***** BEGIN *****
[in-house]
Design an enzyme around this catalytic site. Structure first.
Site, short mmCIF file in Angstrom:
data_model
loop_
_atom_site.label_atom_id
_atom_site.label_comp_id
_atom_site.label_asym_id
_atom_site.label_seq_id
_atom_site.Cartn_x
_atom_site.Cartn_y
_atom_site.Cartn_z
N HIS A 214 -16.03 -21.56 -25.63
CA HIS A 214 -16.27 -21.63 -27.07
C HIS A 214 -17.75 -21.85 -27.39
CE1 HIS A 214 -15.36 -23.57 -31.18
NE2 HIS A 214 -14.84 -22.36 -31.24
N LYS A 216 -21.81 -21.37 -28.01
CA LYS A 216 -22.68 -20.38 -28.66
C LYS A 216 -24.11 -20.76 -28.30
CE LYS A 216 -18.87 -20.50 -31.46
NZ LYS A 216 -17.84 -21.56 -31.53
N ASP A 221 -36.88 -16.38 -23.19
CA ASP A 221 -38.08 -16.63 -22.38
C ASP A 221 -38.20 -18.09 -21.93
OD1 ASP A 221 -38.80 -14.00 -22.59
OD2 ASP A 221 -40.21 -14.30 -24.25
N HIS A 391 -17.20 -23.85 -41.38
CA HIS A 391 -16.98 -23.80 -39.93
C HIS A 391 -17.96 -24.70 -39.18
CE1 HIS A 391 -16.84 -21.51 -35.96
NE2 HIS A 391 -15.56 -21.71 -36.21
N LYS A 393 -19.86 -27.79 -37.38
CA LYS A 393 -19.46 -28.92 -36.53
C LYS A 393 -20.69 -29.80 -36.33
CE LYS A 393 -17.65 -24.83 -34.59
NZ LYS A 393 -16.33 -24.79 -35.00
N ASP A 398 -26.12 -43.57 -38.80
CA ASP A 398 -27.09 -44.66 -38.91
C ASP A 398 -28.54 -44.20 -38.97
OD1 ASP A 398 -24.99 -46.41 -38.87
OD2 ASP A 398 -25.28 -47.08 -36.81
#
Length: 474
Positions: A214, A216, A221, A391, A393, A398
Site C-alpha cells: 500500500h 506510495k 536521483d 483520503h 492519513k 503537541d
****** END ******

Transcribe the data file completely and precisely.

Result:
[in-house]
Design an enzyme around this catalytic site. Structure first.
Site, short mmCIF file in Angstrom:
data_model
loop_
_atom_site.label_atom_id
_atom_site.label_comp_id
_atom_site.label_asym_id
_atom_site.label_seq_id
_atom_site.Cartn_x
_atom_site.Cartn_y
_atom_site.Cartn_z
N HIS A 214 -16.03 -21.56 -25.63
CA HIS A 214 -16.27 -21.63 -27.07
C HIS A 214 -17.75 -21.85 -27.39
CE1 HIS A 214 -15.36 -23.57 -31.18
NE2 HIS A 214 -14.84 -22.36 -31.24
N LYS A 216 -21.81 -21.37 -28.01
CA LYS A 216 -22.68 -20.38 -28.66
C LYS A 216 -24.11 -20.76 -28.30
CE LYS A 216 -18.87 -20.50 -31.46
NZ LYS A 216 -17.84 -21.56 -31.53
N ASP A 221 -36.88 -16.38 -23.19
CA ASP A 221 -38.08 -16.63 -22.38
C ASP A 221 -38.20 -18.09 -21.93
OD1 ASP A 221 -38.80 -14.00 -22.59
OD2 ASP A 221 -40.21 -14.30 -24.25
N HIS A 391 -17.20 -23.85 -41.38
CA HIS A 391 -16.98 -23.80 -39.93
C HIS A 391 -17.96 -24.70 -39.18
CE1 HIS A 391 -16.84 -21.51 -35.96
NE2 HIS A 391 -15.56 -21.71 -36.21
N LYS A 393 -19.86 -27.79 -37.38
CA LYS A 393 -19.46 -28.92 -36.53
C LYS A 393 -20.69 -29.80 -36.33
CE LYS A 393 -17.65 -24.83 -34.59
NZ LYS A 393 -16.33 -24.79 -35.00
N ASP A 398 -26.12 -43.57 -38.80
CA ASP A 398 -27.09 -44.66 -38.91
C ASP A 398 -28.54 -44.20 -38.97
OD1 ASP A 398 -24.99 -46.41 -38.87
OD2 ASP A 398 -25.28 -47.08 -36.81
#
Length: 474
Positions: A214, A216, A221, A391, A393, A398
Site C-alpha cells: 500500500h 506510495k 536521483d 483520503h 492519513k 503537541d